Like a great many clergymen of the period—though it was by no means restricted to the ‘cloth ‘—Thomson was much addicted to the habit of snuffing. It was a custom even more common than smoking is nowadays, a snuff-box being an almost indispensable part of a gentleman’s furnishings. It was certainly a custom which would have been ‘more honoured in the breach than the observance,’ but the notion prevailed that snuff acted in some stimulating way upon the nerves of the brain, as whisky is supposed to revive exhausted physical activity, and indeed medical authorities were frequently at great pains to enunciate its importance and value in this connection. Dr. Gordon Hake humorously describes snuffing as a ‘waking up the torpor so prevalent between the nose and the brain, making the wings of an idea uncurl like those of a new-born butterfly 1’ The late Earl of Stair, who when a lad was an occasional visitor at Duddingston Manse, delighted us once with a description and imitation of the minister’s modus operandi in the performance of this function. ‘He was,’ said his lordship, ‘a most voluble and artistic snuffer; covering the hand which between finger and thumb contained the pinch with his large red silk handkerchief, he would in resonant tones magnify the importance of the action, and conclude with a grand flourish of the silk.’

Thomson’s works are scattered far and wide. They are to be found in the country residences of our nobility, and not a few of the old families of Edinburgh and the neighbourhood have treasured specimens to show, while some have found their way across the Border, and are to be met with here and there in England.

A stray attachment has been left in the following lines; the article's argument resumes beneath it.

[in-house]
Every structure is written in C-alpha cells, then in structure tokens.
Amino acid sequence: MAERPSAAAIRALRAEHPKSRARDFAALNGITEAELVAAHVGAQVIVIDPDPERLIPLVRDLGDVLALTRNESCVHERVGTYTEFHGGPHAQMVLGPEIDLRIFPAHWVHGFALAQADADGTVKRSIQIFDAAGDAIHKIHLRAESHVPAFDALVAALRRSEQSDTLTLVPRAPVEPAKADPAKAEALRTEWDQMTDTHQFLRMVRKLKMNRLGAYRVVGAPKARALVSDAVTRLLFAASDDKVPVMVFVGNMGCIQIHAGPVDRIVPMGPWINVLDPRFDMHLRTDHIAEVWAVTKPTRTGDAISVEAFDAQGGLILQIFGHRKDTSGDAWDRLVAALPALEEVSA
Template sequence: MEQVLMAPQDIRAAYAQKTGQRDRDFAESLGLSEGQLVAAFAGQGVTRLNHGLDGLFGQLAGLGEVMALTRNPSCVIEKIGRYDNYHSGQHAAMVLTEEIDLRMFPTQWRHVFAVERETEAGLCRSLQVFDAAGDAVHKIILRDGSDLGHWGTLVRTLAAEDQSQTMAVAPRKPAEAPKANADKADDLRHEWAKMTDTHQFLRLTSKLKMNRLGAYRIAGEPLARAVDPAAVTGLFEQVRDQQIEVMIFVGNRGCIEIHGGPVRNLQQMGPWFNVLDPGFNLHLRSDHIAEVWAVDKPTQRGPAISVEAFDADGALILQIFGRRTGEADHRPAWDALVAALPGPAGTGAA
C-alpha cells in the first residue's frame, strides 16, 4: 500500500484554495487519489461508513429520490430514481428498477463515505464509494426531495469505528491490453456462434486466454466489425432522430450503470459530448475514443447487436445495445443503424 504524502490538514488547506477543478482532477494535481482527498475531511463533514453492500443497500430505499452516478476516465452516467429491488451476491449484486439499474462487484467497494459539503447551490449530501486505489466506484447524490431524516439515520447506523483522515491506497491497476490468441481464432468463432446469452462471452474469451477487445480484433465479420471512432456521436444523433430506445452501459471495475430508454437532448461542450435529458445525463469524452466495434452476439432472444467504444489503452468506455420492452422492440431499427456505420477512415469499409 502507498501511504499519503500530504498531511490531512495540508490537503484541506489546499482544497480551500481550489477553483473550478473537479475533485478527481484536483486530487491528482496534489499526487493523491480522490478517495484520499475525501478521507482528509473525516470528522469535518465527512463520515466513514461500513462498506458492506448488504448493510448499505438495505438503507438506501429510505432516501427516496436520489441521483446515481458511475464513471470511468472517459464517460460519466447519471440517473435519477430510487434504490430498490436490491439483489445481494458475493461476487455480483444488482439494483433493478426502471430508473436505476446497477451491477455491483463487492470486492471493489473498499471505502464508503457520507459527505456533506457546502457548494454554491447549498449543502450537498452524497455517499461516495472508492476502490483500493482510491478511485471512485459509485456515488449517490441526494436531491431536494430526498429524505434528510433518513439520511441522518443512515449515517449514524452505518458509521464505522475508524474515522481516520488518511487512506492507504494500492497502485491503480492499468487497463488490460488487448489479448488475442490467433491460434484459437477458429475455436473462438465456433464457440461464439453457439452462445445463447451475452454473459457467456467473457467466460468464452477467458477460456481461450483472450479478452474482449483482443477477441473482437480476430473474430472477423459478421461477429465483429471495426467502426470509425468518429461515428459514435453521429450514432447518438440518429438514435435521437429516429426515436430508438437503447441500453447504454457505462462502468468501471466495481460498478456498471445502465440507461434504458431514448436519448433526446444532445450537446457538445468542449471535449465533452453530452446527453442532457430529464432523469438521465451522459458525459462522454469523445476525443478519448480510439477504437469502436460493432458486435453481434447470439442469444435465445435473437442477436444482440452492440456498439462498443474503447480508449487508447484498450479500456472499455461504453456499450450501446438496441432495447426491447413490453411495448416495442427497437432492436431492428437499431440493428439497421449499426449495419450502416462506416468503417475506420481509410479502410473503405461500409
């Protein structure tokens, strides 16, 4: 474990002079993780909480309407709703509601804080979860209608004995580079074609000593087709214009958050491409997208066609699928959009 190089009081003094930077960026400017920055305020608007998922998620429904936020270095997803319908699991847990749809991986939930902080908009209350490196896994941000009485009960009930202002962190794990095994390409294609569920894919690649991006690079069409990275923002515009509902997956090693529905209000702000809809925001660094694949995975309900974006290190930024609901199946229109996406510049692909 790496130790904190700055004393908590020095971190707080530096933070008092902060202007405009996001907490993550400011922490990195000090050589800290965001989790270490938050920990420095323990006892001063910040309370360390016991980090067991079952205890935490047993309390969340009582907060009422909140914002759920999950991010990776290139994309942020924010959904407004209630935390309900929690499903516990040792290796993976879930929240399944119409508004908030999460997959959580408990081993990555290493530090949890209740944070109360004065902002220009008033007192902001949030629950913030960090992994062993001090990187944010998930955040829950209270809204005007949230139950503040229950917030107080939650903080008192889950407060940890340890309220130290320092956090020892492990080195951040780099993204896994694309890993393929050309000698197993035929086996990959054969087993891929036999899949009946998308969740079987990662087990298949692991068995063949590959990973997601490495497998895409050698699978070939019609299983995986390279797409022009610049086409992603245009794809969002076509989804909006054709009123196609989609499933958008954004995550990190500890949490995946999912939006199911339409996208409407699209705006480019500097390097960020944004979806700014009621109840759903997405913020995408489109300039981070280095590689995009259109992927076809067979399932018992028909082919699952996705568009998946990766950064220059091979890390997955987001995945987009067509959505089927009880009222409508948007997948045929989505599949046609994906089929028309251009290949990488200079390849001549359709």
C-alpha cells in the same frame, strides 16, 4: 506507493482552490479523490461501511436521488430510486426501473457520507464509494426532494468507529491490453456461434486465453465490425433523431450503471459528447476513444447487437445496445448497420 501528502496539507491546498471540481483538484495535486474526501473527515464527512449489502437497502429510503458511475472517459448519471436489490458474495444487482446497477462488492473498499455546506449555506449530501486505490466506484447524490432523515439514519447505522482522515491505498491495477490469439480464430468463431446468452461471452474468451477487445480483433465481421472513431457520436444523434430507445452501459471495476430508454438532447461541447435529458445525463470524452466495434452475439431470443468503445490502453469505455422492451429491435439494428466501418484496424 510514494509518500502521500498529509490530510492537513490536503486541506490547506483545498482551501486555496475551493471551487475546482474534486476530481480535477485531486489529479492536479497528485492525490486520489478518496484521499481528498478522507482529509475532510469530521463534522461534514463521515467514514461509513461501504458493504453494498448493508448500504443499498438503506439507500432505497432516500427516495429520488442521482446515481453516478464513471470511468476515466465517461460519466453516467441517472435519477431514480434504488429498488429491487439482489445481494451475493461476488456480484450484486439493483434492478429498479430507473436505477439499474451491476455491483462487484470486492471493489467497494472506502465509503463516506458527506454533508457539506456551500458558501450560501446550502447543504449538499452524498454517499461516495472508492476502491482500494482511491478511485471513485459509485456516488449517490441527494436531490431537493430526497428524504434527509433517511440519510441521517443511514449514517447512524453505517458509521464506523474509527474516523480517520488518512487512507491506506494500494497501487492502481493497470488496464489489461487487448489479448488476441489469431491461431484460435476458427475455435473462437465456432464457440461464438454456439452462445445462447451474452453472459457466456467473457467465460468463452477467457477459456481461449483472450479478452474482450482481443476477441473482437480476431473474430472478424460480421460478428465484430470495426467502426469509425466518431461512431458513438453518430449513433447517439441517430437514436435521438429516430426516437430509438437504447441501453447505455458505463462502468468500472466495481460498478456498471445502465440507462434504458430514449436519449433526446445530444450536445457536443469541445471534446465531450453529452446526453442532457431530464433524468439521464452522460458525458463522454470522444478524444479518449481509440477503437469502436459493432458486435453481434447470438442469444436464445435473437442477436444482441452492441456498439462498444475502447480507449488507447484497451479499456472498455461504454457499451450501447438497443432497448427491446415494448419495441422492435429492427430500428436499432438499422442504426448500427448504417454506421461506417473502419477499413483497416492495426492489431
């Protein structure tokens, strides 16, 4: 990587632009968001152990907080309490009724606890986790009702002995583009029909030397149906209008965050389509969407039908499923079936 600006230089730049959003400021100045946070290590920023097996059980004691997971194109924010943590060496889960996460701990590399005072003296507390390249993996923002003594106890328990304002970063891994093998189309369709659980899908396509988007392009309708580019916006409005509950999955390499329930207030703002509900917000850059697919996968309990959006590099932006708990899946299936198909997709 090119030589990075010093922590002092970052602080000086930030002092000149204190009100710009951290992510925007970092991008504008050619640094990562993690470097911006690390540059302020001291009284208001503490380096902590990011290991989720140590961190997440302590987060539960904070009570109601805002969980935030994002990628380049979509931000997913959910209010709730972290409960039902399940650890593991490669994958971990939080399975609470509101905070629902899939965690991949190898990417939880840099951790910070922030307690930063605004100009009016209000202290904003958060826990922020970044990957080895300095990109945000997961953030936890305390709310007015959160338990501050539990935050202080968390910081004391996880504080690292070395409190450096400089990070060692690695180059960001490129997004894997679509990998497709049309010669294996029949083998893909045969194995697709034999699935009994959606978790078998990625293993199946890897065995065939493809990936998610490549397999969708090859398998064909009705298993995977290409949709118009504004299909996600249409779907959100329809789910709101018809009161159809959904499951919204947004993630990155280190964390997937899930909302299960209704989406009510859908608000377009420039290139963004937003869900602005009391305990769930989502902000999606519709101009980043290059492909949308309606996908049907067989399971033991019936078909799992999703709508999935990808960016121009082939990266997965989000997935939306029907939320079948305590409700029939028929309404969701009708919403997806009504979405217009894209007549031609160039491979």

Particularly we would mention the fine collection possessed by the Earl of Stair [Thomson’s relationship to the Stair family and to Professor Wilson linked them together in a very close family bond, which it is pleasant to know is still remembered by their descendants. Professor Wilson and North Dairymple, ninth Earl of Stair, grandfather of the present respected Earl, were married to two sisters, respectively Jane and Margaret Penny, so that they were brothers.in-law by marriage; while Mr. Thomson’s second wife was the widow of North Dairymple’s near kinsman, Martin Dalrymple of Fordell and Cleland, second son of Sir William Dalrymple, Bart., of Cousland.] at Oxenfoord Castle, including several of his best works, such as ‘Glen Feshie,’ ‘Tantallon Castle,’ and ‘Castle Urquhart,’ than which it would be difficult to find better examples. Reproductions will be found among our illustrations.

The late Mr. Lockhart Thomson, nephew of the artist, had a large and important collection of over thirty, which since his death has been dispersed. Among these were such pictures as ‘The Martyrs’ Tombs,’ engraved by William Bell Scott; ‘Carron Castle,’ ‘Brahan Castle,’ ‘The Pass of Killiecrankie,’ ‘Fast Castle,’ and a ‘Sea Piece with Battleships,’ the last-named said to be the combined work of Thomson and J. M. W. Turner, while some of the smaller ones are gems of Art.

The Right Hon. Lord Kingsburgh, Lord-Justice Clerk, has a large and varied collection, consisting of not less than forty-two specimens, some of them, such as ‘Fast Castle’ (an engraved picture), ‘Cambuskenneth Abbey,’ ‘Innerwick Castle,’ ‘Stirling Castle,’ ‘Crichton,’ ‘Conway,’ and ‘Roslin’ Castles, being excellent examples. Several of these are reproduced in this volume.